What is it about?

Traditionally, the rehabilitation of vision and hearing loss are in the professional scope of eye- and ear-care professionals. With the aging of the population and the development of more complex patient profiles, it becomes clear that vision and hearing abilities of clients can often interfere with the provision of other care. Occupational therapists are ideally suited to identify sensory impairments in their elderly clients but it is unclear whether their current training to do so is sufficient.

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Why is it important?

If communication with a patient fails because the health professional has failed to identify that vision and /or hearing are impaired in their client, patient care can be severely compromised. Therefore, it is the responsibility of rehabilitation professionals, such as occupational therapists, to be sufficiently sensitized to consider whether a patient may have a sensory loss.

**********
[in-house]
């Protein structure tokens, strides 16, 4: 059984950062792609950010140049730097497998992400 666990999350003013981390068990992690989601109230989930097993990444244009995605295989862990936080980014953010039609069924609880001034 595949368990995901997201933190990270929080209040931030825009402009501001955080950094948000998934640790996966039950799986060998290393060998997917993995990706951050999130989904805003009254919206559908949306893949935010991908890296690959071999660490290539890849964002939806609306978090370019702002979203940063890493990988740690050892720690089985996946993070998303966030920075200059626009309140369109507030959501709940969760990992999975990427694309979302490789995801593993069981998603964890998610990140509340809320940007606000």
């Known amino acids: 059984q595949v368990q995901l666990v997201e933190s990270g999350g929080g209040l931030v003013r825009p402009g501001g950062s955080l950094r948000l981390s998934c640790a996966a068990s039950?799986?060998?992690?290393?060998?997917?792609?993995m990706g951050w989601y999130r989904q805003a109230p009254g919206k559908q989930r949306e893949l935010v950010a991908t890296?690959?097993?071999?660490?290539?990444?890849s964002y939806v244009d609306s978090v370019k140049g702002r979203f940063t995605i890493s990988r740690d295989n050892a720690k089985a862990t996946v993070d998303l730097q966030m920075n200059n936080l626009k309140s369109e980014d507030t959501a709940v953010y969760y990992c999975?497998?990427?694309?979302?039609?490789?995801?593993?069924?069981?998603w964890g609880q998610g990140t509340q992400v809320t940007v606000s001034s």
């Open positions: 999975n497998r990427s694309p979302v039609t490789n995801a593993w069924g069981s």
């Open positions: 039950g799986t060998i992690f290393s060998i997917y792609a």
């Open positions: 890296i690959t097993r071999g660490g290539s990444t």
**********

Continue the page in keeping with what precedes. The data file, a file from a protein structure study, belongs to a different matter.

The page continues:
The training curriculum of most health-care professions is already stretch to the maximum, and any attempt to add more material to the education of any health domain requires solid justification. Therefore, we set out to show the importance and the need to training in the sensory domain in order to facilitate health care delivery and improve rehabilitation care.

Dr Walter Wittich
Universite de Montreal

Read the Original

This page is a summary of: Vision and hearing impairment and occupational therapy education: Needs and current practice, British Journal of Occupational Therapy, February 2017, SAGE Publications,
DOI: 10.1177/0308022616684853.
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